: Google must ‘take aggressive action’ to slash expenses, activist investor says

United States

Google parent Alphabet Inc. must “take aggressive action” to cut costs, according to an activist investor.

Christopher Hohn, the managing director of TCI Fund Management, penned a letter to Alphabet GOOG, +2.80% GOOGL, +2.86% Chief Executive Sundar Pichai Tuesday urging him to lower the company’s expense base, reduce losses in the Other Bets unit, and boost stock buybacks. TCI owned more than $ 6 billion in Alphabet shares, per the letter.

“Our conversations with former executives of Alphabet suggest that the business could be operated more effectively with significantly fewer employees,” Hohn wrote. “We agree with Altimeter Capital’s Brad Gerstner, who wrote: ‘It is a poorly kept secret in Silicon Valley that companies ranging from Google to Meta to Twitter to Uber could achieve similar levels of revenue with far fewer people.’”

See also: Scathing Meta shareholder’s letter calls for layoffs, less spending on metaverse

Hohn noted that Meta Platforms Inc. META, +2.50% slashed 13% of its workforce last week, while Salesforce Inc. CRM, +2.15% Twitter, and Microsoft Corp. MSFT, +0.17% are among other companies that recently announced job cuts. Additionally, Amazon.com Inc. AMZN, +0.46% is reported to be planning for the elimination of about 10,000 jobs.

See also: Facebook parent Meta begins mass layoffs of 11,000 workers as Mark Zuckerberg says, ‘I take responsibility’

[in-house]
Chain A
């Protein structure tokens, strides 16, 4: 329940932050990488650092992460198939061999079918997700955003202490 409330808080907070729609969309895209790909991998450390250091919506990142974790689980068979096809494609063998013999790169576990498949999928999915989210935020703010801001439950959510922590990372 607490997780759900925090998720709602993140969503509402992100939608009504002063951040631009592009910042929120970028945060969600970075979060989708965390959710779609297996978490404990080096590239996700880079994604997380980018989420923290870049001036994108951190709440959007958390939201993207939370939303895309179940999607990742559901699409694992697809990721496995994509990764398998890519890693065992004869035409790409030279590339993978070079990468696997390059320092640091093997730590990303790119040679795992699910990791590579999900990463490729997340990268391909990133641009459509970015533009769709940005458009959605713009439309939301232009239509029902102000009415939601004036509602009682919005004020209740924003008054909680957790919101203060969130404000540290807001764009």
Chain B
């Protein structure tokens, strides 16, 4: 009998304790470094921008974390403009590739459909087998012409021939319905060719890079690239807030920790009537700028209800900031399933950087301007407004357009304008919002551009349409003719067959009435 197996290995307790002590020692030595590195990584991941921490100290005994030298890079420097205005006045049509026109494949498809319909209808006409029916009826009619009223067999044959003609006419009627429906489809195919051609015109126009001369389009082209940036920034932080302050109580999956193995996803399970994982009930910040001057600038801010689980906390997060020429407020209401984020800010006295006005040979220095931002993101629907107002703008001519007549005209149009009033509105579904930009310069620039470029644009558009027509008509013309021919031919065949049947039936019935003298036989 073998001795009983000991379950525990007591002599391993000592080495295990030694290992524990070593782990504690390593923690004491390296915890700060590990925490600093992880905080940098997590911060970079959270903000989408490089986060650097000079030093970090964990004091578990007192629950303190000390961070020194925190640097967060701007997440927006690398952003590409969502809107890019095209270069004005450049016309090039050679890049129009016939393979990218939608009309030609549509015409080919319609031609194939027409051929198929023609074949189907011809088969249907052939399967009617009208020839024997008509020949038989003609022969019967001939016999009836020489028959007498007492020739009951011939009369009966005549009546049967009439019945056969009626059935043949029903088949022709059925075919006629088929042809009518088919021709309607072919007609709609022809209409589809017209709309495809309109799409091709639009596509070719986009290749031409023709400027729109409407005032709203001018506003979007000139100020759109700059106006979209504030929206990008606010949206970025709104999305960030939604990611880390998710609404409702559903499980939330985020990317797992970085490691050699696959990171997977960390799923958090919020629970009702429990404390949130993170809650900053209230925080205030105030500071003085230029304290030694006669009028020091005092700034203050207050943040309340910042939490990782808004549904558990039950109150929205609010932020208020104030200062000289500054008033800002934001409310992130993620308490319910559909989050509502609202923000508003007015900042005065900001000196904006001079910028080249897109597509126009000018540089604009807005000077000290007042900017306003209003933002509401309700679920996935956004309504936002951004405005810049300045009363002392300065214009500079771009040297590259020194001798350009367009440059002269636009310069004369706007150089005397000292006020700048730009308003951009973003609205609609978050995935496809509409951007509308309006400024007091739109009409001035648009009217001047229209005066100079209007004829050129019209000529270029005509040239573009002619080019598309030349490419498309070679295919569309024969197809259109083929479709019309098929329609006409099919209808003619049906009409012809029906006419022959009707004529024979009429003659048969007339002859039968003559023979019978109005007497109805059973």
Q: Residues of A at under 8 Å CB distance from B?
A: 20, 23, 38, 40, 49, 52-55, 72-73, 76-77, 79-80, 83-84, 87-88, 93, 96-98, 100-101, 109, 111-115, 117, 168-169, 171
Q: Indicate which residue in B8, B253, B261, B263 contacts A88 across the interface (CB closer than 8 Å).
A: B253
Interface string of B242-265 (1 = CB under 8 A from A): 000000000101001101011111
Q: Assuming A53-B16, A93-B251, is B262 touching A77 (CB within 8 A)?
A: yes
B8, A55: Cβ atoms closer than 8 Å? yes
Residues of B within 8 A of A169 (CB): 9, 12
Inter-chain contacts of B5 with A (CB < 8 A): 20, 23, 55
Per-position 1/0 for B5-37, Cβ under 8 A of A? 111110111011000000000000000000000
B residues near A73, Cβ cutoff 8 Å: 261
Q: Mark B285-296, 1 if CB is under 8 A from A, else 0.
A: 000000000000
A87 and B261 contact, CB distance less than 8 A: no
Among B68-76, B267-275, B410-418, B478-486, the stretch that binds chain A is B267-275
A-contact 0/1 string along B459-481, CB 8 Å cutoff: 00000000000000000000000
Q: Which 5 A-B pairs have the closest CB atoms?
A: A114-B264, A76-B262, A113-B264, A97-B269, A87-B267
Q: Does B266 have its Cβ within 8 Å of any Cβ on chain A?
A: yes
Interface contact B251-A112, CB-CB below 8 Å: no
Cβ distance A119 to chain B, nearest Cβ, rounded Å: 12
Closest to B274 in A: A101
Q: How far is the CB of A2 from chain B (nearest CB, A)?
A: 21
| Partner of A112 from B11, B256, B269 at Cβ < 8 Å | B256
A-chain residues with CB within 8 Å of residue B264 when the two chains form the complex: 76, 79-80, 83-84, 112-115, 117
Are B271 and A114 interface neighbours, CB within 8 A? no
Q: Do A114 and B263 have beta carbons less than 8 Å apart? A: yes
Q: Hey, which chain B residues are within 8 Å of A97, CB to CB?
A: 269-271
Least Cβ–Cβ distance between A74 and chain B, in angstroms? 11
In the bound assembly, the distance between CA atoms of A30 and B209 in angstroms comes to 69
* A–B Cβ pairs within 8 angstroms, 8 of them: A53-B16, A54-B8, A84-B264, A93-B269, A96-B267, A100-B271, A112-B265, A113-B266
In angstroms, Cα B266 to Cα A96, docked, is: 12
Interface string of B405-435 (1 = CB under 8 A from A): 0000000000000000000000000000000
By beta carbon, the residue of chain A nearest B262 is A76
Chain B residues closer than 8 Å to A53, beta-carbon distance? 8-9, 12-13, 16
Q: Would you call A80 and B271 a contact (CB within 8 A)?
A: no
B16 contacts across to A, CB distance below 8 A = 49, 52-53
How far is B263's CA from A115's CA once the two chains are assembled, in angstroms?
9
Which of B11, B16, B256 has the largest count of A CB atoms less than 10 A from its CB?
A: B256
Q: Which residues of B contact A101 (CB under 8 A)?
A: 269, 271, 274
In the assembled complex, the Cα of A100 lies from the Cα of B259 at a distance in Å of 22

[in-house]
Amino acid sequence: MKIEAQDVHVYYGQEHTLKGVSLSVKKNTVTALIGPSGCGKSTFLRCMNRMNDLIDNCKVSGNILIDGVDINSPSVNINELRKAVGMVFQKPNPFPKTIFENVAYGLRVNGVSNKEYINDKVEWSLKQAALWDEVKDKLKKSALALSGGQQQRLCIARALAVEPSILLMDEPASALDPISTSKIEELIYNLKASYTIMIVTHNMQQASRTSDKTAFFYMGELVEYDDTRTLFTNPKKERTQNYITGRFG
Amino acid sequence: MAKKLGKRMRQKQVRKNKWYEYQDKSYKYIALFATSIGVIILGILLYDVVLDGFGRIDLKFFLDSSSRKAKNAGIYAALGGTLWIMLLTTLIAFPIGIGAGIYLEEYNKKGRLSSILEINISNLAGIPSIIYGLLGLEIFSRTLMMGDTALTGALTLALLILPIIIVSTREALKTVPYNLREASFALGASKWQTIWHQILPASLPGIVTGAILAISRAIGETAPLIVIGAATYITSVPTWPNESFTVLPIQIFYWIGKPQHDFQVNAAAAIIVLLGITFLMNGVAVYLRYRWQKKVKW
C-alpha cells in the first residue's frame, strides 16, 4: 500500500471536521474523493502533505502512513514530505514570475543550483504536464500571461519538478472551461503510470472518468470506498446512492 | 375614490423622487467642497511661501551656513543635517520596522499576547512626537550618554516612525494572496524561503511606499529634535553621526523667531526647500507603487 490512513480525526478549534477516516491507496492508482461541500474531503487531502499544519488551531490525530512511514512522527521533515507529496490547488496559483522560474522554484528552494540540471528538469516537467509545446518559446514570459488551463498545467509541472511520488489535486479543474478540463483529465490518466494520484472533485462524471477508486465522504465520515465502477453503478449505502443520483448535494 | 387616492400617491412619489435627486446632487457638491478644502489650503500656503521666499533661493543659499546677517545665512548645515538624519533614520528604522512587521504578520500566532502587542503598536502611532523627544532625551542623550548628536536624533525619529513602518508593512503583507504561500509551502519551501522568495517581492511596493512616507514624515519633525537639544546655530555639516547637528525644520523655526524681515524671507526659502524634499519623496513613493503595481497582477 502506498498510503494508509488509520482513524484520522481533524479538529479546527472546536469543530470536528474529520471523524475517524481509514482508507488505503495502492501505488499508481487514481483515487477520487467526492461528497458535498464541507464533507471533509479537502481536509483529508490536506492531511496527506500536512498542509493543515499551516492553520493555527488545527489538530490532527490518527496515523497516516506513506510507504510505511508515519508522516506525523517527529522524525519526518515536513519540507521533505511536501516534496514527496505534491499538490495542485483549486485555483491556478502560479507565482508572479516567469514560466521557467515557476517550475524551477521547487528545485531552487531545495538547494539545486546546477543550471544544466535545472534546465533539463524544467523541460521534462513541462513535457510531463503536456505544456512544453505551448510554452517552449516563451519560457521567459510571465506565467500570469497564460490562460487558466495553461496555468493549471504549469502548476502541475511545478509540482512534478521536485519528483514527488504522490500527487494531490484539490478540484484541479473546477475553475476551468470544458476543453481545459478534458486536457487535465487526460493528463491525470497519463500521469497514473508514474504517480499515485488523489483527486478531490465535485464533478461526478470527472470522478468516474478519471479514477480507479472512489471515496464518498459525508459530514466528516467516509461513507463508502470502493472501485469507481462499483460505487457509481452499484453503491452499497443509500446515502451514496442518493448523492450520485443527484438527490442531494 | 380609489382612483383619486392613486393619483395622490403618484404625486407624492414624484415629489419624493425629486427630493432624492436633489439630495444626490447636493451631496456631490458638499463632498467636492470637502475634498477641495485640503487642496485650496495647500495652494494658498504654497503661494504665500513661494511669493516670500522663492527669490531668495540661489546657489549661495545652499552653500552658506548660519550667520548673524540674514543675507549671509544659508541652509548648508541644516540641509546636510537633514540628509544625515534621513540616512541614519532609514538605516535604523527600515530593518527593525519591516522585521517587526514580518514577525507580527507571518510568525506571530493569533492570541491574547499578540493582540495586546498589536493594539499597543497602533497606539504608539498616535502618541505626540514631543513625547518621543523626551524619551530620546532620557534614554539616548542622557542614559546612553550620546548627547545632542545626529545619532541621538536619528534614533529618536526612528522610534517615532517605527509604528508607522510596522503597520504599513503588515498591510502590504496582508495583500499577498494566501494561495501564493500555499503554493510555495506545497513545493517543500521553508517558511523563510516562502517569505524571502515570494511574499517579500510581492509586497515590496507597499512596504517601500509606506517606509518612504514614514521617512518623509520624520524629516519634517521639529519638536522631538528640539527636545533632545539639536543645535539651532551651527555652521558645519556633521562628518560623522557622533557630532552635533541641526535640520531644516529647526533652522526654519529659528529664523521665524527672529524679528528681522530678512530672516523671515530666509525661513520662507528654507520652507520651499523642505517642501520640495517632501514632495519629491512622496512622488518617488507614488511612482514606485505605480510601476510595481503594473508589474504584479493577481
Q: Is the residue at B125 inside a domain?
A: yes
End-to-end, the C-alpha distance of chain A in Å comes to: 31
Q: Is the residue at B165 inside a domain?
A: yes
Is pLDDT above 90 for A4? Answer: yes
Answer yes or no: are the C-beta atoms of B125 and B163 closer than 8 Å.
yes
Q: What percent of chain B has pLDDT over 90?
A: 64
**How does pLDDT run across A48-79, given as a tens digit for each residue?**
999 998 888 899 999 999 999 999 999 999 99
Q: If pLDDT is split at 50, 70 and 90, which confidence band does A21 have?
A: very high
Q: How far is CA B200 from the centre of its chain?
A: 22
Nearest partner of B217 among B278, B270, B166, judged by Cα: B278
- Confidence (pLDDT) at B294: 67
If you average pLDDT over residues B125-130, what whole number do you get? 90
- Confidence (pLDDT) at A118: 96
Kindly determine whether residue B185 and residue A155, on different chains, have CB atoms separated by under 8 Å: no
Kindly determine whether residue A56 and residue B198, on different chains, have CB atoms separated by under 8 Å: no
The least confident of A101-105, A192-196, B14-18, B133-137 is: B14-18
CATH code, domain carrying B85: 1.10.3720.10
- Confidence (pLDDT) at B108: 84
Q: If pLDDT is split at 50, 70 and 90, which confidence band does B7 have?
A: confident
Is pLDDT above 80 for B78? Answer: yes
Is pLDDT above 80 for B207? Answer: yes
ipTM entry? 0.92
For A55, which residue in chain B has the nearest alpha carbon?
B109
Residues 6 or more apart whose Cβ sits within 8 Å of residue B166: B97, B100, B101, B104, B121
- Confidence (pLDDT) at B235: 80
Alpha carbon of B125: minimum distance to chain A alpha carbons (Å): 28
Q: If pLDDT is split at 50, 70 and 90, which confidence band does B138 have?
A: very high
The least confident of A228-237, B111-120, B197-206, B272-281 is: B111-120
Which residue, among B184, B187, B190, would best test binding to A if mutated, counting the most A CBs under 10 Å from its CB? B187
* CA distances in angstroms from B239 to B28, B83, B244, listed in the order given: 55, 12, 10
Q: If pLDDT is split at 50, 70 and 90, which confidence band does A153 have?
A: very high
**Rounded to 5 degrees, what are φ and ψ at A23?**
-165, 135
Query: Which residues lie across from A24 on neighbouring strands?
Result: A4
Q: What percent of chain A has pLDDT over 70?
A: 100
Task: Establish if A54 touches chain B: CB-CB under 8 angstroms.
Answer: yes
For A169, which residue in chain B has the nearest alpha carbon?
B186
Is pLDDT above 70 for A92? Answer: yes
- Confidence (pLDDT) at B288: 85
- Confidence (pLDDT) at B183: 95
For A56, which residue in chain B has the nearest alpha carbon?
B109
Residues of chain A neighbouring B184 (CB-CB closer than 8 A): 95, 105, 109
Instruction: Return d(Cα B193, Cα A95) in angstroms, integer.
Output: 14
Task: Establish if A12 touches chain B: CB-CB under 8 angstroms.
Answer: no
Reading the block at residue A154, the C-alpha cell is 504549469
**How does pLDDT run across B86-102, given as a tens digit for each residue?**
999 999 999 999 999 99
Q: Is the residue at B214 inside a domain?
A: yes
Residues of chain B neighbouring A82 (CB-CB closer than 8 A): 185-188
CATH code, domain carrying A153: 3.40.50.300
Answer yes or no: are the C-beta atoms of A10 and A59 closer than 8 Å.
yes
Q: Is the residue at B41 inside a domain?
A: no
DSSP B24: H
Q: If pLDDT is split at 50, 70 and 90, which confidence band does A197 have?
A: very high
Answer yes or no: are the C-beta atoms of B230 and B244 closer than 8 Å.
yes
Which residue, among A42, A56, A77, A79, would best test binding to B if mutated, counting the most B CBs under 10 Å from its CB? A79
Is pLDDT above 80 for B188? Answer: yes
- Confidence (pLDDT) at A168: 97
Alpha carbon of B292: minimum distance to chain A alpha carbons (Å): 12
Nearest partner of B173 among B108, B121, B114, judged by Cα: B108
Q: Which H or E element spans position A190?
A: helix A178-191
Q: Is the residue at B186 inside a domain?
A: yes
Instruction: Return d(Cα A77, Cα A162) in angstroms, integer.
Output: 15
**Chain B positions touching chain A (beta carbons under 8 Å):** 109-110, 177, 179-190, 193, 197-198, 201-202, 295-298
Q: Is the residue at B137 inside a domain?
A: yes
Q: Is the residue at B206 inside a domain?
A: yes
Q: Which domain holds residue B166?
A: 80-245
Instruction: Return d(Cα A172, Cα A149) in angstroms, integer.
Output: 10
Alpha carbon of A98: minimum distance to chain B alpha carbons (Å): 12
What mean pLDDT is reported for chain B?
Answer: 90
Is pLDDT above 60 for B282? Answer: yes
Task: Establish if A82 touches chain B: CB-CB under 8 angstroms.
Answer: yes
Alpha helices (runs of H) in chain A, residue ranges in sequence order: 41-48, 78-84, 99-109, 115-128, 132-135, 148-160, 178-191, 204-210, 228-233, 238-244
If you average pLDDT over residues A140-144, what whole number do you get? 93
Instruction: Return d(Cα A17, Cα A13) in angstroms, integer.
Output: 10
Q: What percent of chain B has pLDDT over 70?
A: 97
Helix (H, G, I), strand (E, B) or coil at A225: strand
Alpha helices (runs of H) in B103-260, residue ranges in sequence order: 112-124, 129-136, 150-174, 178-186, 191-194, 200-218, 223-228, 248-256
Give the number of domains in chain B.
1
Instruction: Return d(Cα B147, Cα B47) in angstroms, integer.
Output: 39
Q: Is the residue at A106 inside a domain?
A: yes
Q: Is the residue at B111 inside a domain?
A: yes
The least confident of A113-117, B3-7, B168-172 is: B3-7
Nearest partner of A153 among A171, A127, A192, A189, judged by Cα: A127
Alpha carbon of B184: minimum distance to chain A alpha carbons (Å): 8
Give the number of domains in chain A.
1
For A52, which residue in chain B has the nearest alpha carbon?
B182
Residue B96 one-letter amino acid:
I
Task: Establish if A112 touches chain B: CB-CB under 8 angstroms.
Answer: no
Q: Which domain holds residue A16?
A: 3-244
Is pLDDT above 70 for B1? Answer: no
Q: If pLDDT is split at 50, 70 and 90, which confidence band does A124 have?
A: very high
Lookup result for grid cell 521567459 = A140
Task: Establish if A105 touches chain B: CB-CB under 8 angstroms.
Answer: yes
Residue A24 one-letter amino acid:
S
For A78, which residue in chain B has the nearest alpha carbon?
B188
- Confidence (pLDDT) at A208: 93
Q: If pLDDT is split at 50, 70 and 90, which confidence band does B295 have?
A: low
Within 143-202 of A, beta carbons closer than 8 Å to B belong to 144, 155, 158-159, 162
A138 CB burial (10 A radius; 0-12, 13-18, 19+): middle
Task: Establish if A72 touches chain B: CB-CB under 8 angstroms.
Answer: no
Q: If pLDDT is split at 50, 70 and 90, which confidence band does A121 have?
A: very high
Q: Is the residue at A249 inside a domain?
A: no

“Alphabet’s headcount has increased at an annual rate of 20% since 2017,” he wrote. “It has more than doubled since 2017. This growth is excessive, both in relation to historic headcount growth and what the business requires.”

Alphabet didn’t immediately respond to a MarketWatch request for comment on the cost-cut recommendations.

Hohn also argued that Alphabet’s employee compensation is lofty, citing an S&P Global analysis that found Alphabet’s median compensation was 67% higher than at Microsoft and 153% higher than at the largest 20 public tech companies in the U.S.

“There is no justification for this enormous disparity,” he wrote, adding that while the company “employs some of the most talented and brightest computer scientists and engineers,” many other employees “are performing general sales, marketing and administrative jobs” and “should be compensated in-line with other technology companies.”

Hohn further urged Alphabet to scale back losses in its Other Bets unit, which includes self-driving car project Waymo. Other Bets on the whole has generated just $ 3 billion in cumulative revenue over the last five years along with $ 20 billion in cumulative operating losses, he said.

Waymo specifically “has not justified its excessive investment and its losses should be reduced dramatically.”

“In a new era of slower revenue growth, aggressive cost management is essential,” he continued.

Shares of Alphabet were up 4.5% in midday trading Tuesday, with gains building over the course of the morning.

Hohn noted that Alphabet shares were down 34% as of the writing of his letter.

“The stock is very cheap,” he wrote. “Alphabet should take advantage of the current low valuation and significantly accelerate share repurchases.”